Ready to Work with a Ghostwriter? Do Your Homework
We’re smack dab in the middle of rejuvenation summer. So I hope you’re taking just a short break from hanging out at the beach to read this article. You’re probably not thinking about writing your book today, but if you have a book in you, you might be thinking about hiring a ghostwriter in the near future.
And it’s not easy to find someone who gets you, gets your audience, and can get the job done to your specifications. Nor is it easy to find someone who gets these things AND is someone you trust enough to help you capture the big ideas in your head. Yes, working with a ghostwriter can make you feel vulnerable, since you’ll be sharing a lot of half-baked ideas. But a good ghostwriter will do their best to make you feel comfortable.
If you’re just learning about ghostwriting and getting used to the idea that someone else could help you write your book, you might be wondering how it works. Here, I wrote this blog article for you.
Once you’ve made up your mind to work with a ghostwriter, though, you’ve got some homework to do. But don’t worry. No one will be handing out grades. This homework is purely for you because it will make the process go more smoothly for both you and your writer. Let’s dig in!
How to Prepare to Work with a Ghostwriter:
1. Gather all of your original content materials and resources.
Have you given any presentations or talks related to your book topic? Have you written any blogs or articles that your writer could mine for content gold? When you work with a ghostwriter, they will appreciate having access to any information like this.
You might be a little shy about showing your writing to a professional writer. But fear not! The point is not to judge your writing prowess or correct your grammar (remember, no one is handing out grades here!). The point is for your ghostwriter to get a feel for your voice and wrap their minds around your book idea.
When you work with a ghostwriter, the key is to share as much of your unique angle as possible. We want to know everything we can about your big idea.
And if you don’t have any previous content to share, spend some time writing before you meet with your ghostwriter. This will also help you clarify your thoughts. There’s something magical about getting those words out of your head and onto the page, so you can look at them.
2. Locate any background resources and external references as well as sample content.
Is there background research that would help your writer get up to speed on your topic? While your writer probably hasn’t and won’t read everything you’ve read, a few representative articles or books can be very helpful. Don’t be afraid to share a long list. Your writer will appreciate the direction you’re providing.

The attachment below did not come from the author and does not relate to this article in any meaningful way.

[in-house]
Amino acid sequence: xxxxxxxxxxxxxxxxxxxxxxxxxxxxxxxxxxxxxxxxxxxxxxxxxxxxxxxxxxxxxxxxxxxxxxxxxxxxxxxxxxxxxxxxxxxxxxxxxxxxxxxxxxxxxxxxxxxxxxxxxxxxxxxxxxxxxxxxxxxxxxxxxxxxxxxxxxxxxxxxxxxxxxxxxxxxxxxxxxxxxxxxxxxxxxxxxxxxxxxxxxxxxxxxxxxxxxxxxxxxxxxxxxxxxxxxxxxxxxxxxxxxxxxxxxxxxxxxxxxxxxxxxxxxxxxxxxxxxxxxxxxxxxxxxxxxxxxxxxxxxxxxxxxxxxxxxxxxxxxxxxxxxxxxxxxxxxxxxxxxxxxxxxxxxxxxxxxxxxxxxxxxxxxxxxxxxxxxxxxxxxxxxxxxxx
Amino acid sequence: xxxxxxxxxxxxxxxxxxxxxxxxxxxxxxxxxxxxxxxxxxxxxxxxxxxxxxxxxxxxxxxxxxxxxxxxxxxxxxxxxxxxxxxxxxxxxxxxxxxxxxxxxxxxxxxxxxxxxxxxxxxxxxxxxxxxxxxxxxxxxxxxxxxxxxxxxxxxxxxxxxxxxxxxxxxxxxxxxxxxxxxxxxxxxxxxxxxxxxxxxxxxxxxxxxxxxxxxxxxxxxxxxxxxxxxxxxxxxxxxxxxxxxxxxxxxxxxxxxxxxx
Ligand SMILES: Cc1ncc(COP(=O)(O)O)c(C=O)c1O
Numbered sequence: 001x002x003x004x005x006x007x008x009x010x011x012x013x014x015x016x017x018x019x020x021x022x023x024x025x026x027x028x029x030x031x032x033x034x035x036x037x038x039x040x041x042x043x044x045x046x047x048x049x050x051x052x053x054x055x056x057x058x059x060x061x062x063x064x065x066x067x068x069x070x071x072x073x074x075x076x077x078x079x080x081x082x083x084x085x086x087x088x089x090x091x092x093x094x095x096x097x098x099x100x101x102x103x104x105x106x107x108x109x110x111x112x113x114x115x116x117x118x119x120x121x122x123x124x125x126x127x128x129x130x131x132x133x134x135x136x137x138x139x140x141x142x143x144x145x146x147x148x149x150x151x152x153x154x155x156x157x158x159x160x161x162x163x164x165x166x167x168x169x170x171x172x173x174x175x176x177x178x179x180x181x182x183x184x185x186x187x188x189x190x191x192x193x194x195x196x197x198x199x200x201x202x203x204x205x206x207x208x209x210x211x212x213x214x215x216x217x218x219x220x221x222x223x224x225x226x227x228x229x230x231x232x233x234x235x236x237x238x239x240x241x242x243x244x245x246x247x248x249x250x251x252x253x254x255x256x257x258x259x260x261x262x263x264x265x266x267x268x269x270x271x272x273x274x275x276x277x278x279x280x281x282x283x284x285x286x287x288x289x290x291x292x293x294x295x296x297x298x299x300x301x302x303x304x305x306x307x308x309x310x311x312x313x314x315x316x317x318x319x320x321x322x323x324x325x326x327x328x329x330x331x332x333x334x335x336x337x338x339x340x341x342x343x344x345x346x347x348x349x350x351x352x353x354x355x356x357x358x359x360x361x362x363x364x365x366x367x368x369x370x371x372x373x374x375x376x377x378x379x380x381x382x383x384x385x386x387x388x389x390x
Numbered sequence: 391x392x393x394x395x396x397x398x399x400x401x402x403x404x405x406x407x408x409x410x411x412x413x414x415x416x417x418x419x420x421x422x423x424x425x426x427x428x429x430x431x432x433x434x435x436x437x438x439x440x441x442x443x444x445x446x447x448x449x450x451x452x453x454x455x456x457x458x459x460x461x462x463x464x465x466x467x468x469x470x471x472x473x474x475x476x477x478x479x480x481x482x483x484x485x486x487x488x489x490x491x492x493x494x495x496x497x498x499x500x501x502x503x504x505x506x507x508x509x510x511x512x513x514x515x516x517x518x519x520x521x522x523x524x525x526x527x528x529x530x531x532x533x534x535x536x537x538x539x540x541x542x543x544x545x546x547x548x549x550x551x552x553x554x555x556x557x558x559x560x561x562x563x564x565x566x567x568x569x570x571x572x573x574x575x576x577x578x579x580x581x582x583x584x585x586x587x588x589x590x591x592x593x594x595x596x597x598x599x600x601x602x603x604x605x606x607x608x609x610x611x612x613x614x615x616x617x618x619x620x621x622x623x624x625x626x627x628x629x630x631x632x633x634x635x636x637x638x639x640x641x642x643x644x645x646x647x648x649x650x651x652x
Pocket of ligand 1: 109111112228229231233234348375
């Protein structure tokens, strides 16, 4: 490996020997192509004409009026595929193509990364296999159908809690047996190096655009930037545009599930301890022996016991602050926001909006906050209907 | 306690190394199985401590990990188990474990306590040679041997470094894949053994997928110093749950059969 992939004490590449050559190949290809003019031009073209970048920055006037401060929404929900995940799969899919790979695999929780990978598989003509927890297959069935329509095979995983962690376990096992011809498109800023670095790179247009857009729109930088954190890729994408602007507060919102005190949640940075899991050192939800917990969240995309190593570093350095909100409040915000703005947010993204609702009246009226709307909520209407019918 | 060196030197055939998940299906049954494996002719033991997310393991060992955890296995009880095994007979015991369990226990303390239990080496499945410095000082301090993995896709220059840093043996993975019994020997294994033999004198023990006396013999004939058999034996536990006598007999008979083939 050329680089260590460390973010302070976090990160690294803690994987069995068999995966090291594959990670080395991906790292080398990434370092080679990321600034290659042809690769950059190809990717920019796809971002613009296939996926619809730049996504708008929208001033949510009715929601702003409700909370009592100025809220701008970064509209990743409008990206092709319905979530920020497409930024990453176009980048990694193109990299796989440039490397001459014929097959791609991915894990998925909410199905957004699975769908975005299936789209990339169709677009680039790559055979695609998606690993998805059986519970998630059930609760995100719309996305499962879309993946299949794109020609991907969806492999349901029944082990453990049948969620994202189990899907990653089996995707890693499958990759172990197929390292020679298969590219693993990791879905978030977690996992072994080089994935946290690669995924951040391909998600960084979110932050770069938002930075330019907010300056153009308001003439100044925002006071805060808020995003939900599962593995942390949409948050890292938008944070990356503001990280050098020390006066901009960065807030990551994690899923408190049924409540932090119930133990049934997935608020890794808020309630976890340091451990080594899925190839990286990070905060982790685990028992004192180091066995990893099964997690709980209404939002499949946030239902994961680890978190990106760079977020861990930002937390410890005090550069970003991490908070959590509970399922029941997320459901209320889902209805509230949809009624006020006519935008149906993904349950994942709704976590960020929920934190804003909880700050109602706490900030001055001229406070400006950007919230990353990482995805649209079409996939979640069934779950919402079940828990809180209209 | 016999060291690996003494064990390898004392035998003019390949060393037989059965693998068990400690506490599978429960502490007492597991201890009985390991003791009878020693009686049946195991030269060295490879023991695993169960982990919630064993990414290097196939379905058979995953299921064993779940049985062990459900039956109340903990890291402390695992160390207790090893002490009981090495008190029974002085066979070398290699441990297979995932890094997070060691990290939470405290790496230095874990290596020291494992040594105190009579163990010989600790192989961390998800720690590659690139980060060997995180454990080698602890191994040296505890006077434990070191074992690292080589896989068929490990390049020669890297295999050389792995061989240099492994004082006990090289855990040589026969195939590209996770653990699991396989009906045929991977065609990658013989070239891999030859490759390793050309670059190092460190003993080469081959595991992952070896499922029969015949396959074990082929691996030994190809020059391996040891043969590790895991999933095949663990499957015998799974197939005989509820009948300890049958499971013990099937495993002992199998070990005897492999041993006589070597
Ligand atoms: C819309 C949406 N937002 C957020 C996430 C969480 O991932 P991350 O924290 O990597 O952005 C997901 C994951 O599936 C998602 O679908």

Also, over the next few months, make note of blogs, articles, and books you read that have a style you appreciate. Perhaps you appreciate the way Dan Harris melds together research and story into a memorable narrative. Are you a fan of Esther Perel’s podcast “Where Should We Begin?” Any samples of the style you want to emulate are helpful to share with your writer.
3. Create an outline or table of contents for your book idea.
This one may be specific to me. While other ghostwriters may be happy to help you brainstorm from barely a book idea to a full table of contents, I prefer you to come to me with a working outline. I’m quite happy to help you shape and package the details of your book idea. But if all you have at the moment is a topic idea or a really catchy title, you’ll want to think a bit more about the structure of the book.
Here’s why I require a working outline to start a ghostwriting project:
- I want the book to be your idea. If I’ve done more thinking about your book than you have, neither of us will be happy with the end result. Creating the outline ensures you’ve got a solid idea.
- When you create the outline, you’re more likely to feel ownership over the book when it’s finished.
- The ideation process is separate from the writing process. While I’m happy to help shape your ideas, my main job is writing. When you’ve completed (or nearly completed) the ideation process, I’m confident that we can dive into the writing process straight away.